SUMMARY: Boost wins bronze; Tika just says no.
Decided to run Boost on the lure coursing course this year. It's an enclosed loop with low jumps and tunnels through which a little furry thing that looks like a squirrel is pulled by a wire and the dogs chase it.
People have talked about how much their dogs enjoyed it in previous years. Before one of Boost's runs, a Border Collie ran from nowhere, dashed into the course, and started hunting frantically for the little furry thing. Half an hour later, the same Border Collie came from nowhere and dashed into the course, followed by competitor and sometime judge Tom Kula, running and yelling, to the crowd's amusement, although the dog remained oblivious when there was a small furry thing to subdue.
A fellow Bay Teamer had her Jack Russell Terrier in her arms, waiting. She had to hold her because the dog was shrieking and struggling in frantic desperation to get back onto the course. The Bay Teamer said that her arms and chest were torn up by the JRT's toenails. On Sunday, the dog tore its toenail out completely in its frantic efforts on course.
Yes, some dogs love this stuff. So we gave it a go.
A motor in the center moves the critter around the course, controlled by a person who keeps the lure moving at the dog's pace. The critter is attached to a wire, which wends its way around the course by wrapping around large red pulleys stuck into the ground. In most places on the course, the pulleys are off to the side, but at the beginning, the first one is dead in the center between the startline and the first set of jumps.
Boost's first run wasn't bad for a first-timer; a little hesitant in places, trying to figure things out, but no sign of the spooky dog that I sometimes see.
On her second run, she started to move, then noticed the spool and backed off to me. I encouraged her, got her revved up, and after two or three tries, she figured out that, if she hugged the fence and went NEXT to the first two jumps, she could get after the furry thing without having to go near the spool (which I think makes a funny noise as the wire zips around it).
The next day, we did two more runs, at a time of about 17.70 seconds, which was fast enough for a bronze medal. Apparently the next day they had a dog do it in the 14-second range, which would have dropped Boost's run out of the bronze range, but at least ONE of my dogs ended up with an award for the weekend.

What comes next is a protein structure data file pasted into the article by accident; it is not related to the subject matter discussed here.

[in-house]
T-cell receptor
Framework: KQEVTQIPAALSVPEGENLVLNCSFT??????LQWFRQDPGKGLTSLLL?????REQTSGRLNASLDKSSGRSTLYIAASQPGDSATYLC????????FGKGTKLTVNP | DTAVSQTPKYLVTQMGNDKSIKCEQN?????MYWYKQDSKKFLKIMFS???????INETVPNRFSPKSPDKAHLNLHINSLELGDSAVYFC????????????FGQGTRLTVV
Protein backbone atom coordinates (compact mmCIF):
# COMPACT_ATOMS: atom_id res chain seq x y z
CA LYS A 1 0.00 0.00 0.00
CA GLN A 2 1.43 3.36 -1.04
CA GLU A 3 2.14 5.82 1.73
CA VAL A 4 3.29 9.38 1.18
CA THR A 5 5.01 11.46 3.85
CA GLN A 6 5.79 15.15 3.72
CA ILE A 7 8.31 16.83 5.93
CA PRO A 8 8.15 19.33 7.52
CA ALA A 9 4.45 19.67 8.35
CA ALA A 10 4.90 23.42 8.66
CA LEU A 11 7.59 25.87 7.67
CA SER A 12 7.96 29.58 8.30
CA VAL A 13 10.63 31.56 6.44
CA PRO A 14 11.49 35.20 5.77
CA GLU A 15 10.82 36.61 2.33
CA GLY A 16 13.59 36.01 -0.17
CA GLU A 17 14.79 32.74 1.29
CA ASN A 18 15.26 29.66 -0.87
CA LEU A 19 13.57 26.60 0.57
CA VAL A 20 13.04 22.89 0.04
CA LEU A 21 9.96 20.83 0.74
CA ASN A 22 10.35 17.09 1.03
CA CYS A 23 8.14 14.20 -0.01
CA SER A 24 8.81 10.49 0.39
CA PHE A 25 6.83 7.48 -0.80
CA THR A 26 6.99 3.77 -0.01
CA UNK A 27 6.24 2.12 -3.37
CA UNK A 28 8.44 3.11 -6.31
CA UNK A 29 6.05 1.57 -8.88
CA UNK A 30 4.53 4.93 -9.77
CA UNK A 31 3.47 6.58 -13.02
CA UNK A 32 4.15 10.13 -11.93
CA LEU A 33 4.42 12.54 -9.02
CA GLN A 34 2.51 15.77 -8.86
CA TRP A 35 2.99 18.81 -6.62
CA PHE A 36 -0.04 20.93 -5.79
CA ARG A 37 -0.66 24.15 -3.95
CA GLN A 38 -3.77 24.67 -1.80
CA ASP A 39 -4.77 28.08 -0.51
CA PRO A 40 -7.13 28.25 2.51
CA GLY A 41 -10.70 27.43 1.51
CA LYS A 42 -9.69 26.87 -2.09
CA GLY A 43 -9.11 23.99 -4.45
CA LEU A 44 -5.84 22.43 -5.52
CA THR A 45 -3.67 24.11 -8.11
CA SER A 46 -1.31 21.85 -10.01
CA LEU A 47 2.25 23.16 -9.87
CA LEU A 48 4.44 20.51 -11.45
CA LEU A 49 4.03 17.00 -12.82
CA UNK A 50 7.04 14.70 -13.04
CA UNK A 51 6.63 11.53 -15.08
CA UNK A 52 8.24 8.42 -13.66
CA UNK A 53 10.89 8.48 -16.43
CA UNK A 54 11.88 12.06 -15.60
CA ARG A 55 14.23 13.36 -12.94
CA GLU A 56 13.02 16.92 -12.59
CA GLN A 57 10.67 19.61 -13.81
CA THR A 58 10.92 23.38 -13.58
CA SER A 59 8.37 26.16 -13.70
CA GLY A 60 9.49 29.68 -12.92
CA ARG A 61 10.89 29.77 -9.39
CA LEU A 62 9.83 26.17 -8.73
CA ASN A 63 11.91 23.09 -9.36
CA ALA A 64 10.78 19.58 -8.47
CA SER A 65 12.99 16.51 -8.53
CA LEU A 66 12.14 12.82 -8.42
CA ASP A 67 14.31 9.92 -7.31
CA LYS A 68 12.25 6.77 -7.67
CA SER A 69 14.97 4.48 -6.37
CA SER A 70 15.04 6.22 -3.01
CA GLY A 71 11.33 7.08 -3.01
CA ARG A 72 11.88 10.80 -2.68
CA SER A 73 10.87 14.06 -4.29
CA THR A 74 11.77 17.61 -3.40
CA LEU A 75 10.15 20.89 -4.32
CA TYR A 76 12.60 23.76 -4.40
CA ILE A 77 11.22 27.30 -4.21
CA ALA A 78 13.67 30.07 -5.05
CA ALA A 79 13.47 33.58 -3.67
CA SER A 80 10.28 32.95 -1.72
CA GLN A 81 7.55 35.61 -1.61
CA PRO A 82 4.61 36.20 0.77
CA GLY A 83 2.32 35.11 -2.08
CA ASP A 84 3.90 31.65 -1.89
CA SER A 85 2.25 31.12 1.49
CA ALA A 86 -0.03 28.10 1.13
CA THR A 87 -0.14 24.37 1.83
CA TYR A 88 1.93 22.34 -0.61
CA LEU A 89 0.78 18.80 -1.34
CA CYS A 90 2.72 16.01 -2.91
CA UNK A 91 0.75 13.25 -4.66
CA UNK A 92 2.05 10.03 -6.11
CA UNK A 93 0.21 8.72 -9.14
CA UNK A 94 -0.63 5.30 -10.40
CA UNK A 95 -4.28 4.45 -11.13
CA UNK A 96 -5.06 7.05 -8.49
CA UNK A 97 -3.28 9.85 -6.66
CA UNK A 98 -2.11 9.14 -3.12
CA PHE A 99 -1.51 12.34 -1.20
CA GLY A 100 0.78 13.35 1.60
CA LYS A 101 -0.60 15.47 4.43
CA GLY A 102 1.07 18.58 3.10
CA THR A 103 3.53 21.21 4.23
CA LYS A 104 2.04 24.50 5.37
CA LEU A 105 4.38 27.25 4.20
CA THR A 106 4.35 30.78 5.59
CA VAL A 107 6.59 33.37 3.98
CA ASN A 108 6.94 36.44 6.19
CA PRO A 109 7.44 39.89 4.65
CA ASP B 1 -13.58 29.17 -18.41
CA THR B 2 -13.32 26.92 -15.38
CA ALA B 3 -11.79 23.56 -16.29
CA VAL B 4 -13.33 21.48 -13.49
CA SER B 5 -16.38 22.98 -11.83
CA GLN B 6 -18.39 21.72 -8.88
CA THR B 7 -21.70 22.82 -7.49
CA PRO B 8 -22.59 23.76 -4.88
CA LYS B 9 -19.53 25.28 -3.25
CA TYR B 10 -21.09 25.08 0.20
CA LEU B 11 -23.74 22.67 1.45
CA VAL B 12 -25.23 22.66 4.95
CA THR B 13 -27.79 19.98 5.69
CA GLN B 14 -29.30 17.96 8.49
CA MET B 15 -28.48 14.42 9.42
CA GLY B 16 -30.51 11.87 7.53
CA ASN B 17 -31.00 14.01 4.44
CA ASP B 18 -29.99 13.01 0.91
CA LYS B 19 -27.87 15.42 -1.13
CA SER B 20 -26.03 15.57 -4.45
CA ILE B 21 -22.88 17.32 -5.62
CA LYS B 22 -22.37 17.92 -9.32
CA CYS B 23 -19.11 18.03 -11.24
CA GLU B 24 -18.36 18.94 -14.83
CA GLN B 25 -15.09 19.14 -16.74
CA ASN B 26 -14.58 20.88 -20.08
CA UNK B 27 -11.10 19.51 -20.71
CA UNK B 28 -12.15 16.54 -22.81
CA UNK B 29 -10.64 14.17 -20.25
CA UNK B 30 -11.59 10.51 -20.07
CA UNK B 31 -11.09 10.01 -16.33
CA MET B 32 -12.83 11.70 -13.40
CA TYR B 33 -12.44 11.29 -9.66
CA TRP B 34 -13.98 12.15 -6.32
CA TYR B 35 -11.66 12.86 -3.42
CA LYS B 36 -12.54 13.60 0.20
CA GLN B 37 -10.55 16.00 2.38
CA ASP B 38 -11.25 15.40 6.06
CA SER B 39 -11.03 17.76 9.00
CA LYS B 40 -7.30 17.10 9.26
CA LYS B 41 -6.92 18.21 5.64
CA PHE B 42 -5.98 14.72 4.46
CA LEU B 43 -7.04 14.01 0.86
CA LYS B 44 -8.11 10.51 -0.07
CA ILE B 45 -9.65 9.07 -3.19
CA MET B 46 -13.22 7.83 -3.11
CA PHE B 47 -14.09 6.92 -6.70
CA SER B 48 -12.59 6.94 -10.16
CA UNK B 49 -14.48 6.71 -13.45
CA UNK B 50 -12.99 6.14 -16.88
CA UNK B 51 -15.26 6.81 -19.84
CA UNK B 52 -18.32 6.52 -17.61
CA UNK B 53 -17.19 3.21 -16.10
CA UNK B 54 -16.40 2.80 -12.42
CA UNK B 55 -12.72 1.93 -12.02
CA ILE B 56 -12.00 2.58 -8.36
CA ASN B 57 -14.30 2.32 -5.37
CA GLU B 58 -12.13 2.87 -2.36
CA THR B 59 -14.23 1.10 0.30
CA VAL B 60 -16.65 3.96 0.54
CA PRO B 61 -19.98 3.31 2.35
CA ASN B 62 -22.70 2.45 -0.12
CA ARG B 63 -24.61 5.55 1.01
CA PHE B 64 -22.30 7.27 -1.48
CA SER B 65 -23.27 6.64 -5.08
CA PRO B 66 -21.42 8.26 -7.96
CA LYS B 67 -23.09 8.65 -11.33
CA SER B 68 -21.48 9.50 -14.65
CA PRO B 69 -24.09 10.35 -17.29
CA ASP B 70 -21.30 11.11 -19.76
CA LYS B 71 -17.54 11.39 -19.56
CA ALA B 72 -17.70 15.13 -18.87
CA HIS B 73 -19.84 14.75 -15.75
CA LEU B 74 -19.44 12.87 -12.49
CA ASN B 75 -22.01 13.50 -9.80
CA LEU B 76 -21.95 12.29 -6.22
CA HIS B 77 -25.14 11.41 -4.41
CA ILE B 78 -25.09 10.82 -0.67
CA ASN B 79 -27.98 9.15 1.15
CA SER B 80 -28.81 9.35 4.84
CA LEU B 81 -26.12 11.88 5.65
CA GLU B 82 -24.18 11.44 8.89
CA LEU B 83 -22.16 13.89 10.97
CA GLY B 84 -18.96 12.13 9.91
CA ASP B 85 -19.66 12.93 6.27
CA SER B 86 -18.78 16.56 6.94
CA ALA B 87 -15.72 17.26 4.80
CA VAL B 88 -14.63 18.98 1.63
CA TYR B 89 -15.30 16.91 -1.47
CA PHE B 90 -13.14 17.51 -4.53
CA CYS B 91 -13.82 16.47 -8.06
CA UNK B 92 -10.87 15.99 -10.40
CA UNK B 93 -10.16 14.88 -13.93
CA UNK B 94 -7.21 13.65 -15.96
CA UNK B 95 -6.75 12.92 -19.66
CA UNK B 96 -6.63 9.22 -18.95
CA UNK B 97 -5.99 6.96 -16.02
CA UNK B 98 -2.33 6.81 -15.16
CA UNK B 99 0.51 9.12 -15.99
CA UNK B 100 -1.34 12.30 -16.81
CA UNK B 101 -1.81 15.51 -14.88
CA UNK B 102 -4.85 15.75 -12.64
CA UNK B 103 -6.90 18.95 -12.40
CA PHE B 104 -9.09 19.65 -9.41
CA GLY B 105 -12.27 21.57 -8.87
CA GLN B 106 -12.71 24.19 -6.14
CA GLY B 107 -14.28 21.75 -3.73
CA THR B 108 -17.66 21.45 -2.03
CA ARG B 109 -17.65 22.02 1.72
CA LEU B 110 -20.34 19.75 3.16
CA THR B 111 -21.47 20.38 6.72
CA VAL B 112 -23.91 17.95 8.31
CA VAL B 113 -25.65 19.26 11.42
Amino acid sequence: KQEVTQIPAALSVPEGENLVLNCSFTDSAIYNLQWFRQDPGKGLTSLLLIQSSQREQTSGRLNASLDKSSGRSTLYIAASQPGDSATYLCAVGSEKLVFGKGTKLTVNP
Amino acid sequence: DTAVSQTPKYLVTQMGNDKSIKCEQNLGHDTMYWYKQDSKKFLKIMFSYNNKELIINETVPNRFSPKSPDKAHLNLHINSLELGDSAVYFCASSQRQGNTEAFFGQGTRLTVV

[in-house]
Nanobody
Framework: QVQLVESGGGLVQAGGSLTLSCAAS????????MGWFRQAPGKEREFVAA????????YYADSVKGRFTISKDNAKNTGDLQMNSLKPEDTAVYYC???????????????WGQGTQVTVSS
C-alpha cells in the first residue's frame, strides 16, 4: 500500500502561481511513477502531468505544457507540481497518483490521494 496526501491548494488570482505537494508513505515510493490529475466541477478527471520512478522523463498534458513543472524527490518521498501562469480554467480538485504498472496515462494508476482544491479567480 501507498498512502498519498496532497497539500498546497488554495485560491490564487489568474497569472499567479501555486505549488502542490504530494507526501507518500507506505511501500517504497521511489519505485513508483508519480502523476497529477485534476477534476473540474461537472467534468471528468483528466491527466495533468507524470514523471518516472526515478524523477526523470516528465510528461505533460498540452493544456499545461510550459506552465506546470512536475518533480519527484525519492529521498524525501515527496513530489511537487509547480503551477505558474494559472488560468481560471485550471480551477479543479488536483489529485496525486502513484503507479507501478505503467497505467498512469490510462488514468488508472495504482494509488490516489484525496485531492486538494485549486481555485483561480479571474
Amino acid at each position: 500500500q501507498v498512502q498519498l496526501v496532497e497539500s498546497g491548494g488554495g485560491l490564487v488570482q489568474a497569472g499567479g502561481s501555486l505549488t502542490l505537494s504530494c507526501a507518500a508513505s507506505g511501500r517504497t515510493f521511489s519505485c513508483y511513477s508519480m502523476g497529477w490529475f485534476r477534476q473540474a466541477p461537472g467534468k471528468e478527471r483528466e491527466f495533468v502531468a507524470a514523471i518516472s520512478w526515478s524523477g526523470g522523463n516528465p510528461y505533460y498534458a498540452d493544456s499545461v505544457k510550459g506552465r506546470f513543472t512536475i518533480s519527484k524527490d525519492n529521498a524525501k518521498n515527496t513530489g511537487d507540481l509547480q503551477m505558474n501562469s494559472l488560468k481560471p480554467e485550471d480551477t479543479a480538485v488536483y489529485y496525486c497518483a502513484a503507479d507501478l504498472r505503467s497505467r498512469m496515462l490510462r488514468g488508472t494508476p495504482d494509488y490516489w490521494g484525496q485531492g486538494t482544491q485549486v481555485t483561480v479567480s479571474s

I tried to run Tika, who loves to chase squirrels full tilt in the yard. Boost isn't usually interested in them, so I figured that if Boost was good, Tika would be better. Tika watched Boost run, which excited her almost beyond belief.
When I took her to the start line, she saw the little furry thing and began pulling at the collar to go GO GOOO! I released her, she started to haul--and skidded to a halt in front of that damned pulley, then tucked tail (what there is of it) and ran past me back out the entry. She wouldn't come back to me for several long seconds, then came only hesitantly. I tried to rev her up again, but now she was pulling backwards instead of forwards.
The lady suggested that I just walk her past the pulley, but as I tried to move forward, Tika went into full panic, flailing and shrieking at the top of her lungs, throwing herself against the fence while I hung onto her collar, and finally flinging herself sideways over the fence, still shrieking in terror. Quite reminiscent of how she reacts to going to the vet. There I was on one side of the fence, with no way to get over, but not wanting to let go of her and risk having her take off for the hills.
Needless to say, I didn't try her again.
Boost got one more run the next day, where she took off full speed, and then decided that the first tunnel was scary and didn't want to go through. She did, eventually, when I ran inside the course and encouraged her. After that, she had a fairly slow and hesitant run, but got through it looking quite interested in the furry thing.
More info on this particular lure-coursing business:
http://coursealure.com/ (including bad use of apostrophe).